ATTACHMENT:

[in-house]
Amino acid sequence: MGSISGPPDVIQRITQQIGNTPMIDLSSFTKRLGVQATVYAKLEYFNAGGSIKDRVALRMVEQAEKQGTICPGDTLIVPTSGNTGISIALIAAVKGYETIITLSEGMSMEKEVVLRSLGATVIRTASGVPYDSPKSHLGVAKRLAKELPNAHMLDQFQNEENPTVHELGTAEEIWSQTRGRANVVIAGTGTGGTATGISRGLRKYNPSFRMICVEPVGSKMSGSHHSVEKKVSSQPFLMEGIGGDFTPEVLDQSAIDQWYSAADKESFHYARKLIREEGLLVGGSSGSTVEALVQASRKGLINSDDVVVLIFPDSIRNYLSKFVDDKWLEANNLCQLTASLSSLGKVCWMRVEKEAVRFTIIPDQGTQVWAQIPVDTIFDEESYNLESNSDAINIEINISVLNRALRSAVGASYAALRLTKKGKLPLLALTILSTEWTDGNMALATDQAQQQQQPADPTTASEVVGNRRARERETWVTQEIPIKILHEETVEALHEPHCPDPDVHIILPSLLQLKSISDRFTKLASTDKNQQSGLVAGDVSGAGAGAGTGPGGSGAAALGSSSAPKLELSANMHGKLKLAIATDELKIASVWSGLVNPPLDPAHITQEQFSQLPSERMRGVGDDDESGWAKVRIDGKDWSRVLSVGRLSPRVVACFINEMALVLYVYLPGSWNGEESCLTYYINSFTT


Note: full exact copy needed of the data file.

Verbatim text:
[in-house]
Amino acid sequence: MGSISGPPDVIQRITQQIGNTPMIDLSSFTKRLGVQATVYAKLEYFNAGGSIKDRVALRMVEQAEKQGTICPGDTLIVPTSGNTGISIALIAAVKGYETIITLSEGMSMEKEVVLRSLGATVIRTASGVPYDSPKSHLGVAKRLAKELPNAHMLDQFQNEENPTVHELGTAEEIWSQTRGRANVVIAGTGTGGTATGISRGLRKYNPSFRMICVEPVGSKMSGSHHSVEKKVSSQPFLMEGIGGDFTPEVLDQSAIDQWYSAADKESFHYARKLIREEGLLVGGSSGSTVEALVQASRKGLINSDDVVVLIFPDSIRNYLSKFVDDKWLEANNLCQLTASLSSLGKVCWMRVEKEAVRFTIIPDQGTQVWAQIPVDTIFDEESYNLESNSDAINIEINISVLNRALRSAVGASYAALRLTKKGKLPLLALTILSTEWTDGNMALATDQAQQQQQPADPTTASEVVGNRRARERETWVTQEIPIKILHEETVEALHEPHCPDPDVHIILPSLLQLKSISDRFTKLASTDKNQQSGLVAGDVSGAGAGAGTGPGGSGAAALGSSSAPKLELSANMHGKLKLAIATDELKIASVWSGLVNPPLDPAHITQEQFSQLPSERMRGVGDDDESGWAKVRIDGKDWSRVLSVGRLSPRVVACFINEMALVLYVYLPGSWNGEESCLTYYINSFTT